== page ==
Review: “Rebel,” Krista D. Ball

Rating: 5 out of 5

Thank goodness author Krista D. Ball is planning another book or two for this series, because I really want to know more. Rebel (Collaborator Book 3) has our erstwhile rebels getting onboard Captain Arthur Randall Liberty (the Eighth)’s ship. Apparently the man inherited wealth, and uses it to finance the rebels here and there. He’s also a prick. He’s not happy about Tobi’s appearance, nor Rebecca’s–they’re more than just a couple of no-name fugitives at this point. Lots of people are hiding secrets, some of which could be dangerous. Rebecca’s just had some bad news from the doctor when Arty (Arthur) shuffles her off and manipulates her into taking a job with his crew. Then he hustles her off below-decks where she can’t contact any of her people, can’t access the prescriptions her doctor has given her, and can’t go back up to the main part of the ship. She finds there are hundreds of people basically working as indentured servants, often with trumped-up “debts” to be worked off. Those who are sick can’t even see the doctor. When Tobi and Kat realize Rebecca’s missing, they find that the ship’s computer refuses to acknowledge she even came on board. Mav’s borderline useless (he’s drinking away his trauma), Nate has been lying about his past, Tobi can barely walk, Abby’s about to give birth (and is the only doctor on board), and in her new job Rebecca discovers that multiple people on board the ship are sending transmissions to the Corps. Now she just has to figure out how to contact her team.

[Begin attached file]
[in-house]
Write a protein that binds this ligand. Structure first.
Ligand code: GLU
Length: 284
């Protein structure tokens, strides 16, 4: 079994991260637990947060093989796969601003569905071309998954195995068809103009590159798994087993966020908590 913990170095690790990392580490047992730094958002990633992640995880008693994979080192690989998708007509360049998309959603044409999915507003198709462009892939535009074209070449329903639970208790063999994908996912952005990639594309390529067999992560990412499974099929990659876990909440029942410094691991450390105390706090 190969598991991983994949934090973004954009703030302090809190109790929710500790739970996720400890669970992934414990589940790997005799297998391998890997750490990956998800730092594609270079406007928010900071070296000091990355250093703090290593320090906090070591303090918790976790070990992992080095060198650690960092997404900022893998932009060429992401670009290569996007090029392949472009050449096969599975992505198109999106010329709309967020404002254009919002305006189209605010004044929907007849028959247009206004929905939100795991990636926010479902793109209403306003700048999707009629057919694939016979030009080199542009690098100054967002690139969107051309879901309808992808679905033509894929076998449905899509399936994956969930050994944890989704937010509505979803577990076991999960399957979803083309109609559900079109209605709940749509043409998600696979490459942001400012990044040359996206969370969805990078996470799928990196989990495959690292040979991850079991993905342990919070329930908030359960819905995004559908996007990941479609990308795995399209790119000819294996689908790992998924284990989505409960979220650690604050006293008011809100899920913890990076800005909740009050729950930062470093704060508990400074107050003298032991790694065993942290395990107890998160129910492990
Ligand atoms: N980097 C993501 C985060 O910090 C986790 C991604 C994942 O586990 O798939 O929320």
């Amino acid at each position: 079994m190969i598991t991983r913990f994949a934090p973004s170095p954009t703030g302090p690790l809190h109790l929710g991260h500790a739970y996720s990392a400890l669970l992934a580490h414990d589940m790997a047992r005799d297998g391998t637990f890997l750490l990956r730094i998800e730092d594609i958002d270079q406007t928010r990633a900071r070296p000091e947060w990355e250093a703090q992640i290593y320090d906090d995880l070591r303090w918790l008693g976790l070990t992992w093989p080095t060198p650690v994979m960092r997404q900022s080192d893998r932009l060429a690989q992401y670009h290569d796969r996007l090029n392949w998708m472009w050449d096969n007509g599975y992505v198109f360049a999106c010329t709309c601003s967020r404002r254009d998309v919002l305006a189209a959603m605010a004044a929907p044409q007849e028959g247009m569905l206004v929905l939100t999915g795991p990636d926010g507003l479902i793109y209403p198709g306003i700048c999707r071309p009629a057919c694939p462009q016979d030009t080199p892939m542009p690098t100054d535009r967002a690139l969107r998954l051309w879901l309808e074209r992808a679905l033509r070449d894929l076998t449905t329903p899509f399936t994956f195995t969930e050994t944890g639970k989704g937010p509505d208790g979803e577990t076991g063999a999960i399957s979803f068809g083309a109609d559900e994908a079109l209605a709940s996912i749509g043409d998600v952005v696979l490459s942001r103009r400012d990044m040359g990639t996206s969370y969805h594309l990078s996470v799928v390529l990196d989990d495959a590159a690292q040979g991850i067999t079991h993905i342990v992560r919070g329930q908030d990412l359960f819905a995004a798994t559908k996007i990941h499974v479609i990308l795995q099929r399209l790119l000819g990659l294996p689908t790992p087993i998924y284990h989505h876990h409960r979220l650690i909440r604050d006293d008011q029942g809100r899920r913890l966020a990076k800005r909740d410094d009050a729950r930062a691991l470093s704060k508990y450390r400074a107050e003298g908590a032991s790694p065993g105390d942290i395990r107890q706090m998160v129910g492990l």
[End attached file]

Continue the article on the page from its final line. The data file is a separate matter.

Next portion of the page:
There are a bunch of things Ball does extremely well that I love seeing, and that aren’t by any means normal to science fiction. For one, Rebecca clearly suffers from depression, PTSD, and severe anxiety, and is often too scared to lie well or do anything against the rules. While I love stories that put me in the place of a heroine who’s bad-ass, it’s really amazing for once to read a character like me placed in these situations. Two, the effects of torture aren’t hand-waved away. Mav is having serious problems coping with what happened to him, and he’s dealing with it poorly (but without turning into a prick). Three, Kat and Tobi both notice that Rebecca is missing fairly quickly. Too often in these stories characters are unrealistically blase about the fact that they haven’t seen a person recently, particularly in these kinds of close-knit circumstances. Ball really knocks the verisimilitude out of the park, and it’s so refreshing.

It’s great to see Rebecca making friends and being appreciated for what she’s capable of, rather than ostracized for what she isn’t capable of. K, Regina, and Big Fred, some of her new co-workers, are happy with what she brings to the table. It puts into perspective the resistance, which, while filled with some well-intentioned people, isn’t always nice, and often takes an “ends justify the means” approach. It’s also wonderful to see Rebecca taking some initiative in using some of her tech skills to try to find her way out of what she’s gotten into.

The characters are wonderful, the worldbuilding is spare yet elegant, and there’s plenty of tense action and and spycraft going on. I can’t wait for more!

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